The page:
And you still don’t get the companion on the final classes. (Are they even inherited?)


#6

Sure. That’s plain delegation (unless I’m missing something?) and does therefore not bring the syntactic and compatibility advantages that companion objects have.


#7

Constructors and static methods in interfaces sounds like you are mixing 2 concerns:

  • The functionality provided by the interface.
  • The creation (constructors) of and other functionality for the types implementing the interface.

If you need to create interface implementations based on a specific set of parameters, simply use a function type. In your case:

val jsonRepresentableFactory: (String) -> JsonRepresentable = ...

If you need additional functionality besides construction, create another interface:

interface JsonRepresentableType {
    fun create(s: String): JsonRepresentable
    fun otherFunctionality()
}

#8

My problem was to extract out some common code from a class-with-companion-object, and create an interface for that.

Stubs of my actual implementations:

interface CursorDto<T : CursorDto<T>> { }
interface CursorDtoCompanion<T : CursorDto<T>> { }

So I get a reference to the implementing type, and require both be instantiated from the same class. It’s not strictly enforceable, and you need to inherit in both the class and companion, but it’s the cleanest interface I’ve come up with.


#9

I don’t follow. How is initialization not functionality? Or say, the static accessor of a singleton class?
For me, an interface is there for specifying contracts. I see no conceptual reason why constructors and static methods/properties (or, in Kotlin, the existence and contract of the companion object) can’t be part of such a contract.

(Of course, in Java static things are not inherited, which makes an interface with static components a little bothersome to implement.)

One contract I want is: “If this object is of type A, you can create an instance given parameters x, y,z` by calling this here function.” It’s a pain in the butt that this can’t be expressed in Kotlin (or Java).

Of course, there are plenty of way to create such functions (several proposals have been made here but, alas, missing the point), but I can’t specify them resp. their existence (which, again, is the point).


#10

How can you specify (the signature of) the creation function and the functions you want to call on the created objects in 1 interface? Those are 2 separate things: creation and use. So your contract should consist of 2 separate interfaces.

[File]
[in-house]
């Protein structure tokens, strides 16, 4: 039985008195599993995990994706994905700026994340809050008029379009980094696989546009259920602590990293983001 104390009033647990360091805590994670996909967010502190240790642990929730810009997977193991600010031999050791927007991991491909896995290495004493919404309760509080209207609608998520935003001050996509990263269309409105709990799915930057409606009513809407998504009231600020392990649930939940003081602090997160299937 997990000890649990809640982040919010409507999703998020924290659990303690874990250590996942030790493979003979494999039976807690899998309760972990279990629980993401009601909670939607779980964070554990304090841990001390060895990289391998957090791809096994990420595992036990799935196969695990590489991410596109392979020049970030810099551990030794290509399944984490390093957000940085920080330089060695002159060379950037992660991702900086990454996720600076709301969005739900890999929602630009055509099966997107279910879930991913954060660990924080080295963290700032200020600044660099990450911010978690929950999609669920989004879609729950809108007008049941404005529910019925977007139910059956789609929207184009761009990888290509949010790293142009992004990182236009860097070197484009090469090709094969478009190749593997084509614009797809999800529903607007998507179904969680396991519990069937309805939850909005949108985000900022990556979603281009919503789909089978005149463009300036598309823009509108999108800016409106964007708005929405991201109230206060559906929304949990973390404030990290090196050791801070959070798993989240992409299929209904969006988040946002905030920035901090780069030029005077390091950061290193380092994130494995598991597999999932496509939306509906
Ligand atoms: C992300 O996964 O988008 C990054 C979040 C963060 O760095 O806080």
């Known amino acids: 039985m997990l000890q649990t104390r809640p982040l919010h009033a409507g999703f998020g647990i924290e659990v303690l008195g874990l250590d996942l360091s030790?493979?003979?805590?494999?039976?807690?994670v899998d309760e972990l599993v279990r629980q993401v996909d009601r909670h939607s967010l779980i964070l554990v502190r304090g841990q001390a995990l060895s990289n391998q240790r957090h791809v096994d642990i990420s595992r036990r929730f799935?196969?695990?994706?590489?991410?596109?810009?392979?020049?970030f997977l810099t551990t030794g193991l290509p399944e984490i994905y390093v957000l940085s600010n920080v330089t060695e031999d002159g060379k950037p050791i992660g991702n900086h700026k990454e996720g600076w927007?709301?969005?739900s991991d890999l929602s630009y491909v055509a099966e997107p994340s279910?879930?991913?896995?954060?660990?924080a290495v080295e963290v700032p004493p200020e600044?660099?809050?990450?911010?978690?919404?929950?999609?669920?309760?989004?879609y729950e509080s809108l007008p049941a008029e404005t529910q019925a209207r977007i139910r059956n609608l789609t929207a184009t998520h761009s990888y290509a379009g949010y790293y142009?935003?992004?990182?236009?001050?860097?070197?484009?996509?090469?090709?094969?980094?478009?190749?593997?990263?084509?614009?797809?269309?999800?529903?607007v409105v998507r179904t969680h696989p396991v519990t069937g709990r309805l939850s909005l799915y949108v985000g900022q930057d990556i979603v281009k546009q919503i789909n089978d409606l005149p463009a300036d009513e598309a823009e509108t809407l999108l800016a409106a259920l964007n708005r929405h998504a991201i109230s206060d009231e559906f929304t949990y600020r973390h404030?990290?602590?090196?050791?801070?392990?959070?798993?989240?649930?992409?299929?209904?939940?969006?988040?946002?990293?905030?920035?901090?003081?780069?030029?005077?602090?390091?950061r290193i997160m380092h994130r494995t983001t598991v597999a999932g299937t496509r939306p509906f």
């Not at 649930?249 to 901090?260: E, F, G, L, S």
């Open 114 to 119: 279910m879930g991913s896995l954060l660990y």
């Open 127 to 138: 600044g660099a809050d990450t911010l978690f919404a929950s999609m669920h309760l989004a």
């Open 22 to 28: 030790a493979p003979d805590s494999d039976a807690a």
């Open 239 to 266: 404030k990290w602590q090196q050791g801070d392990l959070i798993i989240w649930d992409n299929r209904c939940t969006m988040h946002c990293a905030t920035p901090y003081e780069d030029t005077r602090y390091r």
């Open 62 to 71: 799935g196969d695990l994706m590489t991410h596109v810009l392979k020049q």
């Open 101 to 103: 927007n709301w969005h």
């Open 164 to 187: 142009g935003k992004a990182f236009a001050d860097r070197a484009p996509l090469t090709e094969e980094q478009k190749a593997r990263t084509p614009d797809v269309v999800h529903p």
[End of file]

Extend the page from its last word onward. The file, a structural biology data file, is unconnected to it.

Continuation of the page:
But the first interface forces the use of the second:

interface JsonRepresentableFactory {
    fun init(fromJson: String): JsonRepresentable // Forces use of the 2nd
}

interface JsonRepresentable {
    fun asJson(): String
}

In Swift you can apparently do something like this. Note: I do not know Swift, so I use (pseudo-)Kotlin syntax:

val jsonRepresentableClass: Class<JsonRepresentable> = JsonString::class.java
// This is allowed because of "init(String)"
val jsonRepresentable = jsonRepresentableClass.newInstance("some JSON")
println(val jsonRepresentable.asJson())

But in Kotlin there is no way to specify that a subclass must implement a specific constructor signature, and there is no way to invoke a specific signature without using reflection.


#11

Ah, good point. We’d need a Self meta type if we wanted to do such things for static interface methods such as factories (same as now for non-static methods). For constructors, compiler magic happens anyway, though, so this issue shouldn’t prevent having constructors in interfaces even without Self.

Those are 2 separate things: creation and use.

This I still disagree with; the distinction seems artificial. Sure, constructors and static methods do not have the same receiver as an instance method call, but that’s not a big issue (since the reveiver is unique and known, at runtime at least).

Note that I would be totally okay with split interfaces: what we have now (interface Foo { ... }) for specifying instance receivers, and something else (e.g. static interface Foo { ... } in Java, or interface Foo { companion { ... } } in Kotlin).

But in Kotlin there is no way to specify that a subclass must implement a specific constructor signature

Quite right, and that’s what this discussion is about: extending polymorphism to cover statics/constructors. I think we all agree that what I’m asking for is not possible in Java/Kotlin now, but I’d like it to be (in Kotlin).